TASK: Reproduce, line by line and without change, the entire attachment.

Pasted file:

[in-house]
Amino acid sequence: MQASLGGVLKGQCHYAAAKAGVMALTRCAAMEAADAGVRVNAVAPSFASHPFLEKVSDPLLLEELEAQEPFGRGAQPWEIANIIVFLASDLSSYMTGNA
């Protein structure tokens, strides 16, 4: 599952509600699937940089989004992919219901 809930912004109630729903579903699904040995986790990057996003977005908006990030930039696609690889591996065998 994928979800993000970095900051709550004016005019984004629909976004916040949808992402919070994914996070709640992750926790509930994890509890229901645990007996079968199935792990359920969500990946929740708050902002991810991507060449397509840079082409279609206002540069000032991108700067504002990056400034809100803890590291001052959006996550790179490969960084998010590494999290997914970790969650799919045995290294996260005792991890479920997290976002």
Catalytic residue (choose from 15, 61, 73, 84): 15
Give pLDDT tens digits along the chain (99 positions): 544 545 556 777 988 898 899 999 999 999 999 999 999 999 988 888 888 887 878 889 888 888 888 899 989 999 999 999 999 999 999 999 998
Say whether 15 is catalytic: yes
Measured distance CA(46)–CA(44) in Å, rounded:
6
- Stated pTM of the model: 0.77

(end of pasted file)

[in-house]
Amino acid sequence: MQASLGGVLKGQCHYAAAKAGVMALTRCAAMEAADAGVRVNAVAPSFASHPFLEKVSDPLLLEELEAQEPFGRGAQPWEIANIIVFLASDLSSYMTGNA
């Protein structure tokens, strides 16, 4: 599952509600699937940089989004992919219901 809930912004109630729903579903699904040995986790990057996003977005908006990030930039696609690889591996065998 994928979800993000970095900051709550004016005019984004629909976004916040949808992402919070994914996070709640992750926790509930994890509890229901645990007996079968199935792990359920969500990946929740708050902002991810991507060449397509840079082409279609206002540069000032991108700067504002990056400034809100803890590291001052959006996550790179490969960084998010590494999290997914970790969650799919045995290294996260005792991890479920997290976002």
Catalytic residue (choose from 15, 61, 73, 84): 15
Give pLDDT tens digits along the chain (99 positions): 544 545 556 777 988 898 899 999 999 999 999 999 999 999 988 888 888 887 878 889 888 888 888 899 989 999 999 999 999 999 999 999 998
Say whether 15 is catalytic: yes
Measured distance CA(46)–CA(44) in Å, rounded:
6
- Stated pTM of the model: 0.77